Here’s the thing: It’s not about politics.
Before anything else, let me get this out of the way: I’m a Democrat. You, as a Trump voter, are probably a Republican. We’ve likely got different views on the way the country should be run.
There are things I’m a little more conservative about. For example, I don’t have a problem with private, responsible gun ownership. And I’m sure, if we were talking face to face, I’d be able to nail down a thing or two you — as a Trump voter and probable Republican — are little more liberal about. But by and large, we differ on a number of very big, very important things with regard to American governance. And that’s fine.
I don’t want to talk about Democrat vs. Republican. I also don’t want to give you yet another angry anti-Trump rant, because I feel like the election cycle gave us more than enough angry rants on both sides of the aisle, with the end result being nothing but more anger.
As a Trump voter, maybe you’ve been the target of some of that anger. Maybe you’ve lost friends or family — in your day-to-day life or just on social media — to the heated atmosphere surrounding the election and its aftermath. Maybe it made sense to you, or maybe it seemed inexplicable. Hell, maybe some of it was inexplicable. A lot of people are very, very angry, and some of them are going to lash out irresponsibly. That’s immature, unproductive, and unfortunate. I can’t make an excuse for it.
What I want to talk about is the backlash to the backlash: the way I’ve seen huge numbers of Trump voters or supporters responding to the reaction of folks on the left. I want to clarify something I think is hugely important if we’re going to move forward as a country and better understand one another.
As has been covered time and time again, us Democrats were blindsided by the election results in part because as a party we didn’t pay enough mind to just how much hurting, poverty, despair, and hopelessness is out there. The message “America is great because America is good” doesn’t really resonate with people working three part-time jobs just to keep food on the table because the local factory shut down. That’s a reality the party’s going to have to tackle going forward, and only time will tell if we’ll be successful.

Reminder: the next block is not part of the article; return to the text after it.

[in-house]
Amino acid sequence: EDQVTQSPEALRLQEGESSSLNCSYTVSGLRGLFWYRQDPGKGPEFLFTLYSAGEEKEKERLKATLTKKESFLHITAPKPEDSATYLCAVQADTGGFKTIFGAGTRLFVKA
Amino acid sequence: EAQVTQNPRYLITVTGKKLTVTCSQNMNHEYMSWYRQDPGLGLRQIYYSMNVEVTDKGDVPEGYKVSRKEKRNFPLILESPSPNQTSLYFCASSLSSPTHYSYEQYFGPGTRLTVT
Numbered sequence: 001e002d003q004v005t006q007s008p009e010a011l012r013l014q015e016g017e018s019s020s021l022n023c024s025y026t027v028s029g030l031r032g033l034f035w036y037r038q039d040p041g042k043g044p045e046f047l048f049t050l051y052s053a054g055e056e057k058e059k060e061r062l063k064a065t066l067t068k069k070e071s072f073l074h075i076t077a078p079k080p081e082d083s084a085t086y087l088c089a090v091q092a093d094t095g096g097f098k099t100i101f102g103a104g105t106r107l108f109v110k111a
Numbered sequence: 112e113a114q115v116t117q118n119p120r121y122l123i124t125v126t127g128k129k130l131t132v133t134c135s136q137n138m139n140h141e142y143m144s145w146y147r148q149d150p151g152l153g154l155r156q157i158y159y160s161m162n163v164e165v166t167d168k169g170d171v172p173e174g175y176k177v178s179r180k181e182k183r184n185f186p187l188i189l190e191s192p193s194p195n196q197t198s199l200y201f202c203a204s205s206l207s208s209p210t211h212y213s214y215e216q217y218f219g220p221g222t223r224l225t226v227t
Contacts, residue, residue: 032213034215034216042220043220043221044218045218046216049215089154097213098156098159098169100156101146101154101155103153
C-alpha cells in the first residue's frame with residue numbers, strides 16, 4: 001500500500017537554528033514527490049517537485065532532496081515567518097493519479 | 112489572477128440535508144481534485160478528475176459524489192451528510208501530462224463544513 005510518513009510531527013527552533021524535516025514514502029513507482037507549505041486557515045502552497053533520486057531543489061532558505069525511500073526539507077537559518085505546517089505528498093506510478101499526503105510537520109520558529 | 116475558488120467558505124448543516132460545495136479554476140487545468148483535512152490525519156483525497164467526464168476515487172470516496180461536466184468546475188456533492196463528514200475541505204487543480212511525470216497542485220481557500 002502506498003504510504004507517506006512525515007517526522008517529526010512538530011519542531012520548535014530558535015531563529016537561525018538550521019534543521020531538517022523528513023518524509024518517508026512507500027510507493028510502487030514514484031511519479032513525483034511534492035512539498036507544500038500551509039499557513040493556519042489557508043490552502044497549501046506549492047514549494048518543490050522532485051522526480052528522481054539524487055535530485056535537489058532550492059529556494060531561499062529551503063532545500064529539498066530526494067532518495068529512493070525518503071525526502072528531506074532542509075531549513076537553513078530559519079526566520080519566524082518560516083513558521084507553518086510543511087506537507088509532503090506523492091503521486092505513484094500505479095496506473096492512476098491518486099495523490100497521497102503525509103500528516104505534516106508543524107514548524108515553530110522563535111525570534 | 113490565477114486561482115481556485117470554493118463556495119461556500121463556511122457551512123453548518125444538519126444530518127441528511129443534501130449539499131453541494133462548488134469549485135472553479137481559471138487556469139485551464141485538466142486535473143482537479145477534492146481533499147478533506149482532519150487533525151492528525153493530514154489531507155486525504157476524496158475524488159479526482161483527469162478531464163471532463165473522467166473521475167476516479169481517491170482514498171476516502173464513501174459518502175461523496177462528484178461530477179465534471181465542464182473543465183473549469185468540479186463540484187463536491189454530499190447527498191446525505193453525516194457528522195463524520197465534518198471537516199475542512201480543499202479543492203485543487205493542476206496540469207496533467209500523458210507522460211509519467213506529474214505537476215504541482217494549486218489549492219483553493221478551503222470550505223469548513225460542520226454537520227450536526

But what I’ve noticed since the election is a similar blindness on the part of a whole lot — not all, by any means, but a lot — of Trump voters, who write off post-election anger from the left as entirely a matter of political disagreement.
I’ve already taken too long to get to the point, but here it is: A significant chunk of that post-election anger isn’t about politics, and dismissing it as simple political difference of opinion is every bit as unproductive and short-sighted as the Democrats’ pre-election ignorance.
I’ll put this out there: I wasn’t wild about Hillary as a candidate. I came around to her, definitely, but it took me a while. There are a few Republicans I can think of who, had they run against her, might have even had my vote. Ultimately, though, the moment Trump accepted his party’s nomination was the moment I knew I was voting for whomever the Democrats put out there.
I say that because I want you, as a Trump voter, to understand that my decision wasn’t as simple as “Republicans bad, Democrats good.” Rather, it was a repudiation of the rhetoric Trump made a part of his daily output: the anti-Muslim sentiment, the anti-immigrant sentiment, the decades’ worth of misogynist or sexist statements, the engendering of hate speech, his breaking bread with a notorious anti-Semite, the lack of respect for veterans, the fact that he was being supported by hate groups nationwide…you’ve heard it all before.